“The Ghosts of Christmas” by Robert J. Howe

The Ghosts of Christmas

Christmas Eve 1963
I watch my grandmother beat a burlap bagful of eels to death against her kitchen table. Each blow leaves a slimy print on the Formica.
Christmas Day 1974
My father gives an unwrapped carton of Kents to my mother; she gives him a bottle of Old Spice. He regards her with eyes unfocused from Cutty Sark.
Christmas Day 1977
I find the Bosun’s Mate passed out with his face on the mess deck table; the cloying smell of seared flesh from the Marlboro between his fingers settles in the back of my throat like a plug of wet toilet paper.
Christmas Eve 1983
My father buys tangerines and oranges—unattainable Yule luxuries from his boyhood—unable to understand why the Russian checkout girl is angry that he’s put them in the same bag: “Different price!” she snaps at him.
Christmas Day 1986
The strings of popcorn on the tree are alive with thousands of ants—they go into the trash together.
Christmas Eve 1994
We eat our holiday meal in silence, neither of us able to say the marriage is over. The place mats are painfully festive.
Christmas Day 2001
My brother gives my mother a puppy—it sits on the couch, cornered and terrified by my curious 6-year-old niece. I shout at her to leave the animal alone. Because that’s what I would want.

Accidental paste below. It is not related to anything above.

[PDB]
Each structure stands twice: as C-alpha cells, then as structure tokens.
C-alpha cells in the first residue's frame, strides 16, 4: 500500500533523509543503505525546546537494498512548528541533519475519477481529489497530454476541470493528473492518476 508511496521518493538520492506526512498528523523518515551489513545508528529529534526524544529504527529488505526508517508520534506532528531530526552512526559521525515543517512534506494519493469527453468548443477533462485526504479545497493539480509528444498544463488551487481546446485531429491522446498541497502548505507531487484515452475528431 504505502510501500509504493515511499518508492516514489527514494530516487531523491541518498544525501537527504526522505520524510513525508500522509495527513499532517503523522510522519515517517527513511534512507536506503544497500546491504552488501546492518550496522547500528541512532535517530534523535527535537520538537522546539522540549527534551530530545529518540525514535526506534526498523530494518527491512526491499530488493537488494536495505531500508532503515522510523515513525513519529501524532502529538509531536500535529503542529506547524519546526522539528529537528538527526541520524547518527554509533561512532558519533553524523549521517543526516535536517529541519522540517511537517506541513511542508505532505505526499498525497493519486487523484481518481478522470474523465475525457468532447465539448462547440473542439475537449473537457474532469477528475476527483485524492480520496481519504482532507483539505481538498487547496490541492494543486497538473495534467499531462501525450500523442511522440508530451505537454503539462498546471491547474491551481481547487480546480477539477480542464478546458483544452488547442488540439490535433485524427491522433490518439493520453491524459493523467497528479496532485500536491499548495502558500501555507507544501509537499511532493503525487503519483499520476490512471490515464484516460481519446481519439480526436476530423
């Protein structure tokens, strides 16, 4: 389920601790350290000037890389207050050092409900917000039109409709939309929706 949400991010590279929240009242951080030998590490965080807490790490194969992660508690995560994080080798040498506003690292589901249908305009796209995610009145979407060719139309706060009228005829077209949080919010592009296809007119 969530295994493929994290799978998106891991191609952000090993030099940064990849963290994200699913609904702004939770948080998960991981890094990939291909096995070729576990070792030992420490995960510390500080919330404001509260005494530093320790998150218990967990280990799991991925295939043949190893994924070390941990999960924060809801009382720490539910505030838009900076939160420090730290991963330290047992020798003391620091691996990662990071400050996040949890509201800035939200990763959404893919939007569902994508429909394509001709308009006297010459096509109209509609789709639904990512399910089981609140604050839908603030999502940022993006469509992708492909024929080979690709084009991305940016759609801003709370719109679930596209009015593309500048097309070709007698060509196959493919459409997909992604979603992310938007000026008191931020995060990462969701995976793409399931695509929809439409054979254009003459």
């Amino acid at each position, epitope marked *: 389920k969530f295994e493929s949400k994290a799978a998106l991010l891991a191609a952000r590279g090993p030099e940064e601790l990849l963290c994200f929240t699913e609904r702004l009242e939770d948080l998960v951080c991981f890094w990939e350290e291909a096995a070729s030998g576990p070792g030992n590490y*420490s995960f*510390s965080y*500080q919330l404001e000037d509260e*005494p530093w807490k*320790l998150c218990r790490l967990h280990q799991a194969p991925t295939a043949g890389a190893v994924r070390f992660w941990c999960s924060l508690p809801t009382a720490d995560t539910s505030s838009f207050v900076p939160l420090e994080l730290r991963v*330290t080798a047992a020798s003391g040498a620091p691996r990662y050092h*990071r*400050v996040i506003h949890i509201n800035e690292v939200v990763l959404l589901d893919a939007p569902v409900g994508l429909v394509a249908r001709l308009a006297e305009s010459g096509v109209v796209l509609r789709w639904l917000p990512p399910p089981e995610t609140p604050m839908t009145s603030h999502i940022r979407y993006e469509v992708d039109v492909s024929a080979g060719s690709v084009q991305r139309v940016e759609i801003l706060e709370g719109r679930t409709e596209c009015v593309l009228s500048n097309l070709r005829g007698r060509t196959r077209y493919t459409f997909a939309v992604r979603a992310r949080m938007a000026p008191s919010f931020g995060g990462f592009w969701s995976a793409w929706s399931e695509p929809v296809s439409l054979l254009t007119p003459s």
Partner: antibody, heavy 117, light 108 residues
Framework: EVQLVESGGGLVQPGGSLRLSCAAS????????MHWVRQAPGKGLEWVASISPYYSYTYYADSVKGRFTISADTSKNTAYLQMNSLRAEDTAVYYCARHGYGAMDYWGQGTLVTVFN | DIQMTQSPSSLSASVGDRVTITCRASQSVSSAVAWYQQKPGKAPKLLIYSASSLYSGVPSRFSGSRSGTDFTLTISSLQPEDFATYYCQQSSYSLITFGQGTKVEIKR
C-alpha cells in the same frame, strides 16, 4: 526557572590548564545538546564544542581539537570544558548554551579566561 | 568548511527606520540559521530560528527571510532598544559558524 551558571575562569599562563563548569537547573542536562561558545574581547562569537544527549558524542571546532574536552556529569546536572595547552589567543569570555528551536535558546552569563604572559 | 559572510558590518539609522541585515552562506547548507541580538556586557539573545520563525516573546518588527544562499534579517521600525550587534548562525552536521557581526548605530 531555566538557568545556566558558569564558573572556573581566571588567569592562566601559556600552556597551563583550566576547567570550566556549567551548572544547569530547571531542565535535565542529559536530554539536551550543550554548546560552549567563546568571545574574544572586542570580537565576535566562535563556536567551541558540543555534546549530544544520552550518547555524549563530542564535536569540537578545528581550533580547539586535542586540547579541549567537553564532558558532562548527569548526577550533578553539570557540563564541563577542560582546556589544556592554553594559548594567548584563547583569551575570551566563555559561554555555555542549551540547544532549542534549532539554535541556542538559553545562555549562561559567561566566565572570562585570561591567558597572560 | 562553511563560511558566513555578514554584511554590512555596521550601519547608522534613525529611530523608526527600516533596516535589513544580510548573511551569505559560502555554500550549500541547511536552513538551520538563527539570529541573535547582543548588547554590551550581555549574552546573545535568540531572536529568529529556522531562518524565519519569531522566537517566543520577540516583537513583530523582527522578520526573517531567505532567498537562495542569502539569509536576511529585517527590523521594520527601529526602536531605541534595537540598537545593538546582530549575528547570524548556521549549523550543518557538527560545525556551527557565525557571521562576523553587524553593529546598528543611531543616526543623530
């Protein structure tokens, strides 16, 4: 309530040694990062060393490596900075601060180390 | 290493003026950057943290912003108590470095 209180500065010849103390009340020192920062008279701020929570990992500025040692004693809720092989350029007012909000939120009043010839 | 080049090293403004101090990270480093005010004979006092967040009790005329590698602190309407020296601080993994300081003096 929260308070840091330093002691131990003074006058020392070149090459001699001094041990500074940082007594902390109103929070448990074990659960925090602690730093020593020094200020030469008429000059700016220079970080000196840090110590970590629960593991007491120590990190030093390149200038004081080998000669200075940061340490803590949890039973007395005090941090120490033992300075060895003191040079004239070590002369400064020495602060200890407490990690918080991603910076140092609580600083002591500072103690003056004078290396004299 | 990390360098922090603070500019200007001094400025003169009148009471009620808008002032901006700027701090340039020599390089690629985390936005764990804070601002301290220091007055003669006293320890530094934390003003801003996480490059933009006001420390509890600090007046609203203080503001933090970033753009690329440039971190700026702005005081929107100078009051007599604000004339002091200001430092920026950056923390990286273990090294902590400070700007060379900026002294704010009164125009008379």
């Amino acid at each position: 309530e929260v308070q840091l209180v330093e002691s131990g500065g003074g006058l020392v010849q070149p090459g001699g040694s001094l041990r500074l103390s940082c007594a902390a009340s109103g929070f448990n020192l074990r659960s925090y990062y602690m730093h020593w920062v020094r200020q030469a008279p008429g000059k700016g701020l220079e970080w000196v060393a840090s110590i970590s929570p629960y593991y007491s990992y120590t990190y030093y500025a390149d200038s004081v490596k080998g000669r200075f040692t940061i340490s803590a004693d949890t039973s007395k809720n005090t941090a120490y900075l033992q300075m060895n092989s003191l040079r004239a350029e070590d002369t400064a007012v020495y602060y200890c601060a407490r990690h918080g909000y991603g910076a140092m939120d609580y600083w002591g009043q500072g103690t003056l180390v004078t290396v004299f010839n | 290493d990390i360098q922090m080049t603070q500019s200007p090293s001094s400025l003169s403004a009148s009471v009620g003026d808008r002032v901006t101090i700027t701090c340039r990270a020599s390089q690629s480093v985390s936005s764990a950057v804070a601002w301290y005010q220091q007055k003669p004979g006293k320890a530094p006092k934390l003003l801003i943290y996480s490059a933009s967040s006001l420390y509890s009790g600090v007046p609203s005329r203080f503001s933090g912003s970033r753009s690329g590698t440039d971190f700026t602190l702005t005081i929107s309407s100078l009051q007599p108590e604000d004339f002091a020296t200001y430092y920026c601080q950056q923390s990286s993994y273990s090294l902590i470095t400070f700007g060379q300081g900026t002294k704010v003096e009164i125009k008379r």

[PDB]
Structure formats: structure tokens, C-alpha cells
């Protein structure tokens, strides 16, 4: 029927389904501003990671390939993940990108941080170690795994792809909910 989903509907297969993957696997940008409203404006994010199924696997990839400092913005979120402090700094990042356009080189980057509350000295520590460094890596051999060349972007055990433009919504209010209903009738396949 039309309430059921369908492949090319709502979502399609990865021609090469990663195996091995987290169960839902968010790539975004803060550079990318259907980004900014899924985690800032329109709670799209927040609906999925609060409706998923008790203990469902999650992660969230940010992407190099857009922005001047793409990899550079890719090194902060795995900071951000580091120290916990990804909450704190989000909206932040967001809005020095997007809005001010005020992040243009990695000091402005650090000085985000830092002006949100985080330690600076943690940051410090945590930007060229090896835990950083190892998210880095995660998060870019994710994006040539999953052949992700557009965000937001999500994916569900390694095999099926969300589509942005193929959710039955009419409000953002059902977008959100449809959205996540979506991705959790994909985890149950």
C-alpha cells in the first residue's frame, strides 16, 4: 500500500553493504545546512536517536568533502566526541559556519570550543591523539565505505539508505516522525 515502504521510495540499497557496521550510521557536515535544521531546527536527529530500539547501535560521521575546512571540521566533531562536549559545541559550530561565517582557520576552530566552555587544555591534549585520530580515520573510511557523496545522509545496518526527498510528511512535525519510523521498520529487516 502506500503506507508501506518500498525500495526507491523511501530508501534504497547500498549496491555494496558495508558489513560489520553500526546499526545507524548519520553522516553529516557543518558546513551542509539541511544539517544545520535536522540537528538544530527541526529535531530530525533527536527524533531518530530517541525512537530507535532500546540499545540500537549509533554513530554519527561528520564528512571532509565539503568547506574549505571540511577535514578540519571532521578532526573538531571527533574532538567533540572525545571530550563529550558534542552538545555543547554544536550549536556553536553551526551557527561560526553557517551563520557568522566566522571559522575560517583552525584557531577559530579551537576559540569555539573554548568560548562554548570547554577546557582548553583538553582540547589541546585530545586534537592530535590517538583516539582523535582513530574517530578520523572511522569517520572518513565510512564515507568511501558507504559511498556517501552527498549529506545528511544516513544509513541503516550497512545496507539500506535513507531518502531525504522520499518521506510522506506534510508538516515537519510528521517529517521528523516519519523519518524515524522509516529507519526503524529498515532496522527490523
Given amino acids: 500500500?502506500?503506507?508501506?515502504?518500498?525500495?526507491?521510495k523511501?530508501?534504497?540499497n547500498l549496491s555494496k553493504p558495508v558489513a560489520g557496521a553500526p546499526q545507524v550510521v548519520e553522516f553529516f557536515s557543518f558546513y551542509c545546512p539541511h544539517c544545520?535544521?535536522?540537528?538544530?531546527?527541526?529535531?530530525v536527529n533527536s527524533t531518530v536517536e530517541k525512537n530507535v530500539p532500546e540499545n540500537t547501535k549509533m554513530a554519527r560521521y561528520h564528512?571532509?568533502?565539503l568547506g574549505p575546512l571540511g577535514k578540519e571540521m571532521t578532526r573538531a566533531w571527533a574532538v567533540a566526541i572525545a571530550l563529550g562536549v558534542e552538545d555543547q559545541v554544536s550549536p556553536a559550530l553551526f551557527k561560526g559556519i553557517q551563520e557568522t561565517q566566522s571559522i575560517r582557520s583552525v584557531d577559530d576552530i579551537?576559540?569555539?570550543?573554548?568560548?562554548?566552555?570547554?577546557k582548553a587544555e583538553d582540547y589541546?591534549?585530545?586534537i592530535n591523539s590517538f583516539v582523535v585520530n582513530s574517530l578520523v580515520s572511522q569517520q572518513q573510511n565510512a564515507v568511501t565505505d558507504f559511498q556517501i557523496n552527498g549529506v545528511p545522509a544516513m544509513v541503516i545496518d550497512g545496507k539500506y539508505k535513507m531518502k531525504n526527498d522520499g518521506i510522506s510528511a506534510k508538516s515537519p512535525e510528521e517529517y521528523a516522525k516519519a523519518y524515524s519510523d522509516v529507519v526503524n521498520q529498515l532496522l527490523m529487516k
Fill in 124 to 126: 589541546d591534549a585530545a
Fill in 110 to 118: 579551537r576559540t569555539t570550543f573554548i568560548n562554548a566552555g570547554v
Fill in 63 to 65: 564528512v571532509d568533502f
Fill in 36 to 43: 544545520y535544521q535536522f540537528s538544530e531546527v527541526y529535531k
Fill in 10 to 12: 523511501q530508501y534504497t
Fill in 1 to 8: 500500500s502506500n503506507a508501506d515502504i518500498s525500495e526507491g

Christmas Day 2005
My mother’s ALS has progressed; she can no longer hold a knife and fork, nor ask for help. I feed her what is her last holiday meal. At 3 a.m. I leap out of bed to vomit up a plate of lasagna in the pine-scented bathroom.
Christmas Eve 2017
My now-partner and I sit side by side in our cozy apartment and look at our pretty tree—my chest is full of eels frantically squirming in the suffocating dark.

BH QED 2017

Robert J. Howe has published poetry in 50 Haiku and Serving House Journal, and has poems forthcoming in The Dawntreader and Main Street Rag. His short fiction has appeared in Salon.com and The Flatbush Review, the magazines Analog, Black Gate, and the anthologies Newer York and Happily Ever After. His haiku series, “Bury My Heart at Olduvai Gorge,” was part of the traveling exhibition Knowing Limits, a traveling exhibition shown in U.S. national parks.

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